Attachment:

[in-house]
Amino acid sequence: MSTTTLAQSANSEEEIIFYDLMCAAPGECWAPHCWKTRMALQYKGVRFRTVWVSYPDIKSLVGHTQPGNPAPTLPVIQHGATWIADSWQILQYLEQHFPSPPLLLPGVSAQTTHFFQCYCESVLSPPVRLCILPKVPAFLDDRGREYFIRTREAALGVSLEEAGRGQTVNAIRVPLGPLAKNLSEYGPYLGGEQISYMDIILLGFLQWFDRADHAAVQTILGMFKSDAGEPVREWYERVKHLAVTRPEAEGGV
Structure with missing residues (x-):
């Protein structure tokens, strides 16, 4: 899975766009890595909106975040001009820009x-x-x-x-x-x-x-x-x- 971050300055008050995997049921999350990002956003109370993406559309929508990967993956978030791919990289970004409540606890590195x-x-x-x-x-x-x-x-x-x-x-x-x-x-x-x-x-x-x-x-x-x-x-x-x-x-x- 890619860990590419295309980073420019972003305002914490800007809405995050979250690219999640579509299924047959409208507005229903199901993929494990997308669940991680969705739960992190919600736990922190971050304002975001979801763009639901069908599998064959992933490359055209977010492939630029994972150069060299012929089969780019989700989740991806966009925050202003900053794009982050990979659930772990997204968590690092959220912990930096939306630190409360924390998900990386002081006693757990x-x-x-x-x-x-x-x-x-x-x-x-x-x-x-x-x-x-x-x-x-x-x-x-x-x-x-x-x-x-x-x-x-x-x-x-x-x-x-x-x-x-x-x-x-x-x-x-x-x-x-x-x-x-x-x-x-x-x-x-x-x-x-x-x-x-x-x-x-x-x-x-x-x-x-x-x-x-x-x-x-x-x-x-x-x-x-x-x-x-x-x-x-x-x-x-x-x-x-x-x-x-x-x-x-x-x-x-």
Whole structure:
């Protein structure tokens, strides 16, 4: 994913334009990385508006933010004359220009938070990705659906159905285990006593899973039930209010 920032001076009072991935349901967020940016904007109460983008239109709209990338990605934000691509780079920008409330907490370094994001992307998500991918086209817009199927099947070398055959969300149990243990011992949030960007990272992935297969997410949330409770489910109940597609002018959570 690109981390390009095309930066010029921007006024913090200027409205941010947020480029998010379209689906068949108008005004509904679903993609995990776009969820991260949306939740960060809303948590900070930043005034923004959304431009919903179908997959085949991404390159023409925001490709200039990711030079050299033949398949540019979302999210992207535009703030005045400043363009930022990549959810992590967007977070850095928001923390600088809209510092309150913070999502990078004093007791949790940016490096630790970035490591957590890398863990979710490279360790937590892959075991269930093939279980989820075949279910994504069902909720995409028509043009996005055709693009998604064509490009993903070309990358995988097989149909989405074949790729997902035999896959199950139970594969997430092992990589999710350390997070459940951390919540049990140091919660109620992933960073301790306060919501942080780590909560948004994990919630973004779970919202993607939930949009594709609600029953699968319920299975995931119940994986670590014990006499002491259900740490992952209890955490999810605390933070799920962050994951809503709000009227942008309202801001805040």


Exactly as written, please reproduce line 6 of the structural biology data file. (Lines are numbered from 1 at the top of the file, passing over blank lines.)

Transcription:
């Protein structure tokens, strides 16, 4: 994913334009990385508006933010004359220009938070990705659906159905285990006593899973039930209010 920032001076009072991935349901967020940016904007109460983008239109709209990338990605934000691509780079920008409330907490370094994001992307998500991918086209817009199927099947070398055959969300149990243990011992949030960007990272992935297969997410949330409770489910109940597609002018959570 690109981390390009095309930066010029921007006024913090200027409205941010947020480029998010379209689906068949108008005004509904679903993609995990776009969820991260949306939740960060809303948590900070930043005034923004959304431009919903179908997959085949991404390159023409925001490709200039990711030079050299033949398949540019979302999210992207535009703030005045400043363009930022990549959810992590967007977070850095928001923390600088809209510092309150913070999502990078004093007791949790940016490096630790970035490591957590890398863990979710490279360790937590892959075991269930093939279980989820075949279910994504069902909720995409028509043009996005055709693009998604064509490009993903070309990358995988097989149909989405074949790729997902035999896959199950139970594969997430092992990589999710350390997070459940951390919540049990140091919660109620992933960073301790306060919501942080780590909560948004994990919630973004779970919202993607939930949009594709609600029953699968319920299975995931119940994986670590014990006499002491259900740490992952209890955490999810605390933070799920962050994951809503709000009227942008309202801001805040």